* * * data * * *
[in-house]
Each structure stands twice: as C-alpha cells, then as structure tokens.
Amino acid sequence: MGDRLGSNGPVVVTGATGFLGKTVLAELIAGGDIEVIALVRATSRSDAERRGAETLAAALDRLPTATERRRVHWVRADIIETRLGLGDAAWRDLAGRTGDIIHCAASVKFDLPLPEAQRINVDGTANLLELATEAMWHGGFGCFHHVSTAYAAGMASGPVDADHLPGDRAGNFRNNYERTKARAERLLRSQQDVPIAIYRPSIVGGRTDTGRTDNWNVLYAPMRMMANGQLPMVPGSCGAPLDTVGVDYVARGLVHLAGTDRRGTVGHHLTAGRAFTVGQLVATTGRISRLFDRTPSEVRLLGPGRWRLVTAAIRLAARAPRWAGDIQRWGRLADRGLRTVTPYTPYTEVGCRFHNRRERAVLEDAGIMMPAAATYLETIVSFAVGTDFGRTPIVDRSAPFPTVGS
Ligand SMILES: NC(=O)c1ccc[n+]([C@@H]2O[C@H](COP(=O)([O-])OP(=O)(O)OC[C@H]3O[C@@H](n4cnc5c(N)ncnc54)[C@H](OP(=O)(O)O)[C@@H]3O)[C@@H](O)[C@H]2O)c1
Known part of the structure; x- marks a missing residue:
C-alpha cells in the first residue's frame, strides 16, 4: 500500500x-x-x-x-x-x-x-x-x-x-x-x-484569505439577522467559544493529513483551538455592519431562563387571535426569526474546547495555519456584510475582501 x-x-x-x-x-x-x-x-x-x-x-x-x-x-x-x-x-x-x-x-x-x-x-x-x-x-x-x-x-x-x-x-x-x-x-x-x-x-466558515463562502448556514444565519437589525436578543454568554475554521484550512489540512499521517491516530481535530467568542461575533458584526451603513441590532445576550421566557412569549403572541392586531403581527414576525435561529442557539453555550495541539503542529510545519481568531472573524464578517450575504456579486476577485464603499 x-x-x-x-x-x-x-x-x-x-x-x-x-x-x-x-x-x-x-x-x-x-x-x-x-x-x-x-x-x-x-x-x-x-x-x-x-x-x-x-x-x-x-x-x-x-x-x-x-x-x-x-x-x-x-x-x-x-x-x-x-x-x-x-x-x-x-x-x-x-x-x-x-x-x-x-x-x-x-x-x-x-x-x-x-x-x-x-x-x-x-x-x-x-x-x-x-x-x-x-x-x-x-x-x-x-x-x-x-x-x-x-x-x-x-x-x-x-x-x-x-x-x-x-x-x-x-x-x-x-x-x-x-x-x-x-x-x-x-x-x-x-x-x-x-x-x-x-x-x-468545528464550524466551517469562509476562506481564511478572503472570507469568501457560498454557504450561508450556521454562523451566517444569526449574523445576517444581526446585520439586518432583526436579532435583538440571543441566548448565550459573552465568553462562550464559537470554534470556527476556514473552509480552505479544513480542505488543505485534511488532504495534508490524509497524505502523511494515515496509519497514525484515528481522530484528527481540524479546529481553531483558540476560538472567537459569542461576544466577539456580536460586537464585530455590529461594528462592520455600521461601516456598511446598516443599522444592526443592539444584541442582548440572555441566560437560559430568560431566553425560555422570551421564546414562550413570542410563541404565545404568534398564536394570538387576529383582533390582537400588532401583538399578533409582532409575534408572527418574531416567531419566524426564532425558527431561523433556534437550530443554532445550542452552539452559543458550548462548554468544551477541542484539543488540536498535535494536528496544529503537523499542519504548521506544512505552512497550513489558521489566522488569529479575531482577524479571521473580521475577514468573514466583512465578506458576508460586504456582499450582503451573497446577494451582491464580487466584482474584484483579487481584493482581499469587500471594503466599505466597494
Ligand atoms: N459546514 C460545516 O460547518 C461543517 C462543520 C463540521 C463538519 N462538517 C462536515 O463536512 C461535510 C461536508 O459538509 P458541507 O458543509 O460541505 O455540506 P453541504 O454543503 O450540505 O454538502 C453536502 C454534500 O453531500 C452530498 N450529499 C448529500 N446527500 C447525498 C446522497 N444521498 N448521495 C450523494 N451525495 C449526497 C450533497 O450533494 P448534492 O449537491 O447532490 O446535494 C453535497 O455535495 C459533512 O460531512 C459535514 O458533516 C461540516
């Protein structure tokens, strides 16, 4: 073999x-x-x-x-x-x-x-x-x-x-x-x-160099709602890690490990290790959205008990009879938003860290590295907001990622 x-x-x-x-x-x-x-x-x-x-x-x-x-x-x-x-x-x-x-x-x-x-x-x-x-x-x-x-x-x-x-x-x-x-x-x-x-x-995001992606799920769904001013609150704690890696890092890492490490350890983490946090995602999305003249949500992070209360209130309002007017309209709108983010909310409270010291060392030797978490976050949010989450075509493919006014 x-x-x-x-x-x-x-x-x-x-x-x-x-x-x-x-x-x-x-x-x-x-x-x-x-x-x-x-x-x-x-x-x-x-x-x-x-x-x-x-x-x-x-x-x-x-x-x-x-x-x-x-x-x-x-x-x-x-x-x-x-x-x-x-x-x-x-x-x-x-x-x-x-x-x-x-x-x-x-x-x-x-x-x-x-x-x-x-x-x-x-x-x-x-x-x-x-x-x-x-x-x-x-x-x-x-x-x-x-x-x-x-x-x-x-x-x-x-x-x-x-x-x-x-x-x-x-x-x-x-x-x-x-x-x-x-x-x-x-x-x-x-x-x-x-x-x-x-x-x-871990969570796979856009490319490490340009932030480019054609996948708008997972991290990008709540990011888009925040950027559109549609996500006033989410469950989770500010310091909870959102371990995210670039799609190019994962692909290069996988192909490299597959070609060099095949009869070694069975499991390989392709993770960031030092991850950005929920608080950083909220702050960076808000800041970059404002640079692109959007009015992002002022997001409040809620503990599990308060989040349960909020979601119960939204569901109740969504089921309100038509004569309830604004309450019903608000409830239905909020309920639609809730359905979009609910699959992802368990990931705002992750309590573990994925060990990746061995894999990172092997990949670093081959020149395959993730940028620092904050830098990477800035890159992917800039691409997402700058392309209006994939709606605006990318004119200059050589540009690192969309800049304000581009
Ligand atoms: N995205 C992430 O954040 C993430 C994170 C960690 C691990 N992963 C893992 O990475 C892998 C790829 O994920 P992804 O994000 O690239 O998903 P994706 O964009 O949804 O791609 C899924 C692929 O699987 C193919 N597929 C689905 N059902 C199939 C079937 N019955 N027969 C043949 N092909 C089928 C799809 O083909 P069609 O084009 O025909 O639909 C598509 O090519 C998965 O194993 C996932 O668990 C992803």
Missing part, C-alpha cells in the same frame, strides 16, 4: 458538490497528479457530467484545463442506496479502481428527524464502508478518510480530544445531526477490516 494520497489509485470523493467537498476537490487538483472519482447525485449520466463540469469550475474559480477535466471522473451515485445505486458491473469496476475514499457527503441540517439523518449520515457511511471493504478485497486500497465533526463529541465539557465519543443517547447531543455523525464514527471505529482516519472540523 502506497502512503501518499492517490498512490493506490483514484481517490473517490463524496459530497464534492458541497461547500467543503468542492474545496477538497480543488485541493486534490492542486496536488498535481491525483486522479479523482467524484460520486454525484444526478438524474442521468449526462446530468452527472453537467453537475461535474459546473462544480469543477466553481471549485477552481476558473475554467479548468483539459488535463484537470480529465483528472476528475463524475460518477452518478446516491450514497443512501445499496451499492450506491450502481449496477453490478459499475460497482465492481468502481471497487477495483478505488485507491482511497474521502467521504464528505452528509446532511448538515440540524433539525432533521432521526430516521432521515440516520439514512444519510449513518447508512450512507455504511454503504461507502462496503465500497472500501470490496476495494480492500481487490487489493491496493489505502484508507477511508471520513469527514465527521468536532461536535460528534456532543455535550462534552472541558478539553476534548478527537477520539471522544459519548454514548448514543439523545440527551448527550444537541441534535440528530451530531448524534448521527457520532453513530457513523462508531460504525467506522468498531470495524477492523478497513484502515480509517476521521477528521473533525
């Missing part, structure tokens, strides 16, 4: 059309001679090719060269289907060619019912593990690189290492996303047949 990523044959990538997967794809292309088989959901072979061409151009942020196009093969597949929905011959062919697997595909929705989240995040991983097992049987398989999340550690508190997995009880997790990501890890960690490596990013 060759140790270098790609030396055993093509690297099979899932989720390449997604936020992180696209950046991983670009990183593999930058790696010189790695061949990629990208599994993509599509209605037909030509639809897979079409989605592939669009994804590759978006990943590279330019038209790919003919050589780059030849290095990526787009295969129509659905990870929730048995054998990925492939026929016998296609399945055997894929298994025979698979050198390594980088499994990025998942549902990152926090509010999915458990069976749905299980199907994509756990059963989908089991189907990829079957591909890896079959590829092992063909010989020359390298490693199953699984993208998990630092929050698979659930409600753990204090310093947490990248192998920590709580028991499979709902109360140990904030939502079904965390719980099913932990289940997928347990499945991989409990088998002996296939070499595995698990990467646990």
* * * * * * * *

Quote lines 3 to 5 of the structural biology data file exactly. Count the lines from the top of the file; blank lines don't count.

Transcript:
Amino acid sequence: MGDRLGSNGPVVVTGATGFLGKTVLAELIAGGDIEVIALVRATSRSDAERRGAETLAAALDRLPTATERRRVHWVRADIIETRLGLGDAAWRDLAGRTGDIIHCAASVKFDLPLPEAQRINVDGTANLLELATEAMWHGGFGCFHHVSTAYAAGMASGPVDADHLPGDRAGNFRNNYERTKARAERLLRSQQDVPIAIYRPSIVGGRTDTGRTDNWNVLYAPMRMMANGQLPMVPGSCGAPLDTVGVDYVARGLVHLAGTDRRGTVGHHLTAGRAFTVGQLVATTGRISRLFDRTPSEVRLLGPGRWRLVTAAIRLAARAPRWAGDIQRWGRLADRGLRTVTPYTPYTEVGCRFHNRRERAVLEDAGIMMPAAATYLETIVSFAVGTDFGRTPIVDRSAPFPTVGS
Ligand SMILES: NC(=O)c1ccc[n+]([C@@H]2O[C@H](COP(=O)([O-])OP(=O)(O)OC[C@H]3O[C@@H](n4cnc5c(N)ncnc54)[C@H](OP(=O)(O)O)[C@@H]3O)[C@@H](O)[C@H]2O)c1
Known part of the structure; x- marks a missing residue: